New control strategy can dynamically change wireless charging through multiple transmitter coils in robots and electric cars
Wireless power transfer has proven to be quite useful in electronic devices such as medical implants and smartphones. Often, this is achieved by aligning or ‘coupling’ two separate coils of wire (transmitter Tx and receiver Rx). The electrical current circulating in the Tx coil then creates a magnetic field that transfers energy to the Rx coil.
Although single-Tx systems can provide maximum efficiency for wireless transfer of power, achieving the same with multiple Tx coils is challenging because the Rx could be located anywhere over the surface covered by the Txs, leading to stronger coupling with some and negligible coupling with others. To date, there had been no control schemes that can optimize the currents delivered to each Tx in real time—until now.
Scientists at the Incheon National University, South Korea have devised an effective control strategy that can maximise efficiency in multi-Tx wireless charging. To accomplish this, relationships between many variables in the problem were established, such as the connection between the degree of coupling of each Tx to the Rx, its ‘perceived’ or ‘reflected’ impedance from the Rx and the optimal current that should be fed.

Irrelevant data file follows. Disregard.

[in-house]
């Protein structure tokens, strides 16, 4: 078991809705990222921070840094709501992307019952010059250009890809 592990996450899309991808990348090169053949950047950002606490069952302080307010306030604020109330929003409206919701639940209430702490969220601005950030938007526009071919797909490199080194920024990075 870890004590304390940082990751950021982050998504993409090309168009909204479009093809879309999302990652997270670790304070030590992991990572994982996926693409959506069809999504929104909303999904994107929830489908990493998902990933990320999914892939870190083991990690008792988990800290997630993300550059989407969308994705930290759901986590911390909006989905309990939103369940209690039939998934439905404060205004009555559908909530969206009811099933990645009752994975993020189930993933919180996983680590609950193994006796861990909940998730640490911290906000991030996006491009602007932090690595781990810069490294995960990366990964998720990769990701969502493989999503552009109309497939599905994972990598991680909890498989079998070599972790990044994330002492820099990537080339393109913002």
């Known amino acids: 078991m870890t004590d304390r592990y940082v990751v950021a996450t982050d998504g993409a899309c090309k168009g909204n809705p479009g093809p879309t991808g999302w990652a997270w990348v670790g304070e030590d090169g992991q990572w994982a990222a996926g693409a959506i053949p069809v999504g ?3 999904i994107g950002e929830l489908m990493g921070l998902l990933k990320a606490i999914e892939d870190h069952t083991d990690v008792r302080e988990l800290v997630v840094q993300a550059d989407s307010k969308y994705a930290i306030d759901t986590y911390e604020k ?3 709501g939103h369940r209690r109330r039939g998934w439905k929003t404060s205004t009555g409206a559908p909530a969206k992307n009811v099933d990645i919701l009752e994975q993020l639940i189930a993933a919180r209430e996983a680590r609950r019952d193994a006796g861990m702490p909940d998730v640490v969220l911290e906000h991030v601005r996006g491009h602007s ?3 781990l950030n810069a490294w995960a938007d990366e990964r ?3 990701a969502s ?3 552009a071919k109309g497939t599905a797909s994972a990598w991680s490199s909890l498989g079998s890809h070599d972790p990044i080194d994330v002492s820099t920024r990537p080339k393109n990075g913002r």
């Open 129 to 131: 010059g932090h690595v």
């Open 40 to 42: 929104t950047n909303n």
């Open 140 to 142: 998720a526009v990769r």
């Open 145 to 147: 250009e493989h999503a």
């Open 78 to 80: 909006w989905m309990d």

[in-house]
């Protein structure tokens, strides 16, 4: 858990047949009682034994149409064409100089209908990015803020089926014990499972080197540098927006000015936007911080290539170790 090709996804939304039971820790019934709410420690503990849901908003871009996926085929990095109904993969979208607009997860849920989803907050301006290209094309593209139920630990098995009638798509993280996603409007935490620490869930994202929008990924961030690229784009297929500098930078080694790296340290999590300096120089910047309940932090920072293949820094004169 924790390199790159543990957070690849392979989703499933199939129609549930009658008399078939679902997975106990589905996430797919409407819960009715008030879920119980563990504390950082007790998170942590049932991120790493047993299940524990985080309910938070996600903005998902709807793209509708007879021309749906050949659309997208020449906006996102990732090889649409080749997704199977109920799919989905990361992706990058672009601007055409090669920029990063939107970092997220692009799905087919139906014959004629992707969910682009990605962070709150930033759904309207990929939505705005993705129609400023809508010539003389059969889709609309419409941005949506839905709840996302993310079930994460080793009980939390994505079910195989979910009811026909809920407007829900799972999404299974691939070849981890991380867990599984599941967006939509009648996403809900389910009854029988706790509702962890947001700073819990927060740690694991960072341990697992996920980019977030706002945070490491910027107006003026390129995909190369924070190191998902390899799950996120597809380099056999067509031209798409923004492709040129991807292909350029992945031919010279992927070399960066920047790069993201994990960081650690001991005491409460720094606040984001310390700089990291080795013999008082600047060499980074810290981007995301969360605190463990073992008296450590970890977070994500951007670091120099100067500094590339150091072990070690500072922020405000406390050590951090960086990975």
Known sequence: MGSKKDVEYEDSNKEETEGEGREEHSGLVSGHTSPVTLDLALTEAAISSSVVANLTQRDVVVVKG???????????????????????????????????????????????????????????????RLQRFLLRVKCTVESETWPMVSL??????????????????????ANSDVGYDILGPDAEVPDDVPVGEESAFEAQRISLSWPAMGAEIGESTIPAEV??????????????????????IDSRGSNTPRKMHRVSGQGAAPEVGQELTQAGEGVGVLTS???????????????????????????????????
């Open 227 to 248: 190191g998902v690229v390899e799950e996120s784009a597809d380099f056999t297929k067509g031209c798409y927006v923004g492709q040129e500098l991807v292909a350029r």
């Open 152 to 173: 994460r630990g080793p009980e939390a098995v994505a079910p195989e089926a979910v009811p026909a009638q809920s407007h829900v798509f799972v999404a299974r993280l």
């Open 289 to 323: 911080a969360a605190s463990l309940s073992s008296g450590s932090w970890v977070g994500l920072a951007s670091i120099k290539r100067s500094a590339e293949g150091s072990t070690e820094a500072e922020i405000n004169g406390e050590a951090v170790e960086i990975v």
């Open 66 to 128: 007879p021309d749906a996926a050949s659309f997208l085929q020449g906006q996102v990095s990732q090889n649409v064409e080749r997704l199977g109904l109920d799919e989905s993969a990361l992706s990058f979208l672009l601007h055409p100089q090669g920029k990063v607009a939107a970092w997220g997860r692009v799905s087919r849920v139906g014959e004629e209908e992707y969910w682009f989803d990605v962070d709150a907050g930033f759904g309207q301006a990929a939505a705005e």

With this knowledge, the researchers implemented a novel, maximally efficient and relatively simpler method for multi-Tx wireless charging. “Our strategy breaks away from the more traditional approach of locating the Rx with a position sensor and only turning on the Tx closest to it,” explains Professor Dukju Ahn. “We found that the coupling degree of each Tx can be measured indirectly in real-time through its impedance, allowing us to dynamically adjust the output of each Tx coil to achieve maximum efficiency.”
Prof Ahn also stated that the performance of other published techniques was assessed as well by having the Rx stand still in different locations. “Wireless charging technology is aimed for applications involving moving receivers. In this sense, our work is the first to verify the efficiency of a multi-Tx control scheme compatible with a receiver that’s actually moving in real-time,” he remarks.
Wireless charging technology will help remove the hurdles of wired power supplies in many applications. With efficient multi-Tx wireless power transfer, we might be able to do away with the large and heavy batteries that current electric vehicles and industrial robots use, making them cheaper and easier to move.
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